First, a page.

They will be working with medical electronics specialist and biophysicist Giovanni Orlando, and the investigation will last for at least a year and possibly two. It will focus on a study group of 10-12 people – a mixture of experienced dowsers, healers and non-dowsers – and, using brain and body scanning techniques, will measure their neuro-physiological responses as they wield rods and pendulums.

‘It’s not about why it works, but how,’ said Adrian, chairman of the BSD’s earth energies group. ‘We’re not trying to prove it to scientists - they are such a sceptical bunch anyway - but rather to bring in the public and perhaps stimulate interest among scientists. We want to find out where the dowsing response comes from. We know there’s a muscular response but we want to find out why it happens.’

Adrian says he has begun the study ‘probably out of curiosity more than anything else’. He added: ‘Many people really deserve to be able to dowse. People still tend to think of it as devil worship, something they shouldn’t be dealing with, but we want to bring it into people’s lives so they can benefit from it, and to try to take away the mystery and mystique from it.’

Adrian Incledon-Webber

Hugo received an award at the conference for an invention which links a dowsing rod to a laptop computer and a GPS receiver so that the patterns of energy lines it detects in the earth can be shown immediately on-screen. ‘It is still very much at the prototype stage,’ he said. ‘There are a number of further improvements that I would like to make, before I would feel comfortable with making it generally available.’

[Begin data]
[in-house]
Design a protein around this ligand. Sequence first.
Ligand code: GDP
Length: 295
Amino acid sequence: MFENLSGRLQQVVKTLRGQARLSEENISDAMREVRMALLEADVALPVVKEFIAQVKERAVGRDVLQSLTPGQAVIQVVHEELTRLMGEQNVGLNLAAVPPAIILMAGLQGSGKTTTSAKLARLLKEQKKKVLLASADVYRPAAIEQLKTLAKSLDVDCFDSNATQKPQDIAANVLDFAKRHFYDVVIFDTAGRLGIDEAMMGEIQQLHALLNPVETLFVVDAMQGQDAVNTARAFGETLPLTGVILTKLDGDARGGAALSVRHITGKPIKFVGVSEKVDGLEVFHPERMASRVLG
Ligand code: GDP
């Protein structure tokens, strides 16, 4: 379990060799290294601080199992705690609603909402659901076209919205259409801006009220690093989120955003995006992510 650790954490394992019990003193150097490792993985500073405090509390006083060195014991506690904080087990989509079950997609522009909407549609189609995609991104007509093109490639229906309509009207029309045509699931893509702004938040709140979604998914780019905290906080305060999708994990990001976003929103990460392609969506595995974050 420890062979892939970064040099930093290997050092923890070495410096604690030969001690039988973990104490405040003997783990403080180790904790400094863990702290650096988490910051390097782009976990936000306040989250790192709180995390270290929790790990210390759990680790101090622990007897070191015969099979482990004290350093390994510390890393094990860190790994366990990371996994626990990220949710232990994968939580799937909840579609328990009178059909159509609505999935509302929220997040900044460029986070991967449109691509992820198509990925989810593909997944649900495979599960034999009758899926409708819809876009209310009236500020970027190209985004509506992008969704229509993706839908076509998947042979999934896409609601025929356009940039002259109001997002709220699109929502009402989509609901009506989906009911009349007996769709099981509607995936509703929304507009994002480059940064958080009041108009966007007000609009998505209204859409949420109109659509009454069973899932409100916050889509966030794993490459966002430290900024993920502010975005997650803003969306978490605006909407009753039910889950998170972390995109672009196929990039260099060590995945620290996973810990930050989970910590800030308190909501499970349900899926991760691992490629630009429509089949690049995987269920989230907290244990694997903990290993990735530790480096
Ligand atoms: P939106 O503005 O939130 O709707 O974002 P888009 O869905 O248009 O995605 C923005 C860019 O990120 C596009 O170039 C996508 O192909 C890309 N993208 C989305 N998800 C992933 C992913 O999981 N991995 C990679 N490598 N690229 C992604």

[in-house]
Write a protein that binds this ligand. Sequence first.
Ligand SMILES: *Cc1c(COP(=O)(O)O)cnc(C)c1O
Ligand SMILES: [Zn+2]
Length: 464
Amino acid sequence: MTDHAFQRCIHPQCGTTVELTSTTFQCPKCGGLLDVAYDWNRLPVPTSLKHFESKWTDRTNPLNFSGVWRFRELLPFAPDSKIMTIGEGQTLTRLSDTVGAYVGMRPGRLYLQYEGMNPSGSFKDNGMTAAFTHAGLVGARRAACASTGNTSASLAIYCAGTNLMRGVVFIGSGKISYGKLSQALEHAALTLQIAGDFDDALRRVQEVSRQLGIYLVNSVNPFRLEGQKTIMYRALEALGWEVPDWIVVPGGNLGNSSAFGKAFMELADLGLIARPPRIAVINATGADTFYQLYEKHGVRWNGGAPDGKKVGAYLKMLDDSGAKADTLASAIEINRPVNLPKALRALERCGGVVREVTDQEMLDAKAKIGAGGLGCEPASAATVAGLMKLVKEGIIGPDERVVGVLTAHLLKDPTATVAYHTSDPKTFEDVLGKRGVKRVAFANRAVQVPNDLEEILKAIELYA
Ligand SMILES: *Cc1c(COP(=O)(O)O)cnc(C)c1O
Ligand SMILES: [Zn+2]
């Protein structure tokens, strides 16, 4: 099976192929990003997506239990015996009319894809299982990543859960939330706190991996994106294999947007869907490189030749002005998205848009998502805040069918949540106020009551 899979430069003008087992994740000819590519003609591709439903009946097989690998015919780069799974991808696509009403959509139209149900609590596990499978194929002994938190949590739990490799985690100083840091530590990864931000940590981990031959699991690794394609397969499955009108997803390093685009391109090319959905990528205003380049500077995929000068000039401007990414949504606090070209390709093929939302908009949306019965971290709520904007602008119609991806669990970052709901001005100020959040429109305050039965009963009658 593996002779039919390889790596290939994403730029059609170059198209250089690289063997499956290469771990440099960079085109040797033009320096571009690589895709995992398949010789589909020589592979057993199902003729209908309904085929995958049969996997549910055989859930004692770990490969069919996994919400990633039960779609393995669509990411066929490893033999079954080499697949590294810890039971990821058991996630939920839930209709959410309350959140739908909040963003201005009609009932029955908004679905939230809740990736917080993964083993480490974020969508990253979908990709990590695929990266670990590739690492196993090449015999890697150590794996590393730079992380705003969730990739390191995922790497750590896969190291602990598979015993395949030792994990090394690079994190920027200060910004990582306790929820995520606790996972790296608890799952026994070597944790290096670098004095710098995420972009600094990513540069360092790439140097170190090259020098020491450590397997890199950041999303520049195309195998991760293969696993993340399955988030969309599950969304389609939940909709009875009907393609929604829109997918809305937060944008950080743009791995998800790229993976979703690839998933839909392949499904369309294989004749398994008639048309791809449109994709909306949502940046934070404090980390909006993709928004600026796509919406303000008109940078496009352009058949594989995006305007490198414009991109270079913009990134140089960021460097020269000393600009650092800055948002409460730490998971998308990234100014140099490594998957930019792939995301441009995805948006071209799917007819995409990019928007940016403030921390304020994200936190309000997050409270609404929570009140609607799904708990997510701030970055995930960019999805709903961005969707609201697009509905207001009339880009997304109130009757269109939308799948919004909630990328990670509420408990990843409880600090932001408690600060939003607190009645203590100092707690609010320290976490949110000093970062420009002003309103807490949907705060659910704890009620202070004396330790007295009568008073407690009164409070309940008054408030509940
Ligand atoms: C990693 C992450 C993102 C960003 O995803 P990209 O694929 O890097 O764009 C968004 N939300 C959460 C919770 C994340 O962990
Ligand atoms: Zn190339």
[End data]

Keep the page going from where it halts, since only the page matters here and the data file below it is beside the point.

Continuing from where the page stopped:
Various scientific studies of dowsing have been made since the 1940s, in New Zealand, the USA and Germany but, generally, they were inconclusive as to evidence for the efficacy of dowsing. Often, success rates at finding water, for example, were found to be no better than chance.

BSD director John Moss admitted that proving dowsing worked was ‘a very thorny issue’. It just didn’t seem to work under laboratory conditions. ‘The over-riding requirement is that there has to be a real purpose,’ he said. ‘It’s about a genuine need to get the information asked for. Scientists find that very difficult. They like repeatable results.’ Some dowsers didn’t care how it worked; others were obsessed with how it worked. ‘Many are investigating what we’re dealing with here,’ said John. ‘I think we’re rediscovering a skill innate in human beings.’


John Moss   

Dowsing’s new ambassadress is Elizabeth Brown, a former model from Worcestershire who worked with David Bailey and Terence Donovan in the 1980s, received the BSD’s Bell Award - named after the society’s founder Colonel A H Bell - for her acclaimed new book, Dowsing: The Ultimate Guide for the 21st Century , in which she describes how dowsing demonstrates the existence of an invisible realm of energy beyond our everyday world, and how it can optimise health, well-being and our quality of life.

‘We are hurtling towards 2012 and a raising of consciousness,’ she said. ‘Dowsing is an enormously empowering tool for people. You are accessing truth.’

Elizabeth looks to the latest ideas in quantum science and information theory to validate the wide-ranging applications of the ancient art, and offer an explanation of how it works.

‘Dowsing has an interesting, colourful and somewhat chequered history,’ she said. ‘Unfortunately, people can feel rather uncomfortable about it. The Church used to say dowsers were communing with the Devil. But it’s a very exciting time now for dowsing because we have the science to support it.